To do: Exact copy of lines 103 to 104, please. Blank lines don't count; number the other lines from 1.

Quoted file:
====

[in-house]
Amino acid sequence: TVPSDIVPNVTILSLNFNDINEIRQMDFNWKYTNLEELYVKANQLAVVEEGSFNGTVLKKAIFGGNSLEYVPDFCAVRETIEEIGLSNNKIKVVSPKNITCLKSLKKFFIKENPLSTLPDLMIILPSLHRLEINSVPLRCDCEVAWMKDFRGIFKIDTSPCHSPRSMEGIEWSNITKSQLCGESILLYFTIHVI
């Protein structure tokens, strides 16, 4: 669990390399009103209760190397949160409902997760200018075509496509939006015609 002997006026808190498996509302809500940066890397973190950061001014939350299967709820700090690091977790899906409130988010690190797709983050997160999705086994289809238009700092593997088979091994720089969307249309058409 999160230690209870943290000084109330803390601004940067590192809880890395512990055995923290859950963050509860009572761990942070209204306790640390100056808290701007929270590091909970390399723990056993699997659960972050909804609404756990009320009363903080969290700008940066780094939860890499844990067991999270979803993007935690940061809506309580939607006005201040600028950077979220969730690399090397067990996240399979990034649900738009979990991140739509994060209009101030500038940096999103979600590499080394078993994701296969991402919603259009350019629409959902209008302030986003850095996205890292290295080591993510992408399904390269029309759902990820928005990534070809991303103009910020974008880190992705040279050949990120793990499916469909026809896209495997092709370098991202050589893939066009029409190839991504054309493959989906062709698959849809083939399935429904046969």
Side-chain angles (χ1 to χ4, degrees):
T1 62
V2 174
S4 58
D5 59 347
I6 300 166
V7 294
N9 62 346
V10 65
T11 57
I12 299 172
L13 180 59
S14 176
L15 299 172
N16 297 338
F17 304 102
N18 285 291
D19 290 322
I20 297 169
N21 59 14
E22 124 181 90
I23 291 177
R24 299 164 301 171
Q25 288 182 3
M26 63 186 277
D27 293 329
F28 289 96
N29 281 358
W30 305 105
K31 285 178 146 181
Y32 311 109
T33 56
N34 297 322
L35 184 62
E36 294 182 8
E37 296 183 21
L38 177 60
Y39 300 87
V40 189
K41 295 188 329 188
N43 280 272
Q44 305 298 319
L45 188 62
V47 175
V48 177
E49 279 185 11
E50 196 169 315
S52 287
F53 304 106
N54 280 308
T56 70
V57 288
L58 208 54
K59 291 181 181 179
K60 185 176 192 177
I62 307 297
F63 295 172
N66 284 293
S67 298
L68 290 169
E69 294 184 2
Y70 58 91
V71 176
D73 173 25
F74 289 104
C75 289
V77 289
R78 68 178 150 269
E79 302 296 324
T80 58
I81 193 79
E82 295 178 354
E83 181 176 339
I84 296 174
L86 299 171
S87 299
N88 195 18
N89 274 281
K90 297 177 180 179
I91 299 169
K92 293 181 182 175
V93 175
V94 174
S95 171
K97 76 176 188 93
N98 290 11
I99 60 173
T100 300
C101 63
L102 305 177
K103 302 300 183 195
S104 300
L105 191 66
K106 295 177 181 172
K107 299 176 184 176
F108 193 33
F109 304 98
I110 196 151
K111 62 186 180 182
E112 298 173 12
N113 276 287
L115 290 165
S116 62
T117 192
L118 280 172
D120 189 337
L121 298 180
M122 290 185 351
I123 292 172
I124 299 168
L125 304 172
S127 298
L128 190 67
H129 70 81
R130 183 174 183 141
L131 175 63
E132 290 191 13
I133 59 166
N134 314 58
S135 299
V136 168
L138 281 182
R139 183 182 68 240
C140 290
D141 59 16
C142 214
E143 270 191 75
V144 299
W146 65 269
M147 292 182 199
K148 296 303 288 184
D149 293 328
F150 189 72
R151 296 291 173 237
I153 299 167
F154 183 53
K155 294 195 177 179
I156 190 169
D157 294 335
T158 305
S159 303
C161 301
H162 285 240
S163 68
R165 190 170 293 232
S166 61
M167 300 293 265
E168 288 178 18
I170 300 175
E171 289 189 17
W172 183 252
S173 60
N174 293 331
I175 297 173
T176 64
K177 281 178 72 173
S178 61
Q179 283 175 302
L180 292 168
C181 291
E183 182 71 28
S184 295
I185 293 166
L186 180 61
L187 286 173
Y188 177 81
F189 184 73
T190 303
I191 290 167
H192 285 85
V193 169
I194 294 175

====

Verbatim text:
E112 298 173 12
N113 276 287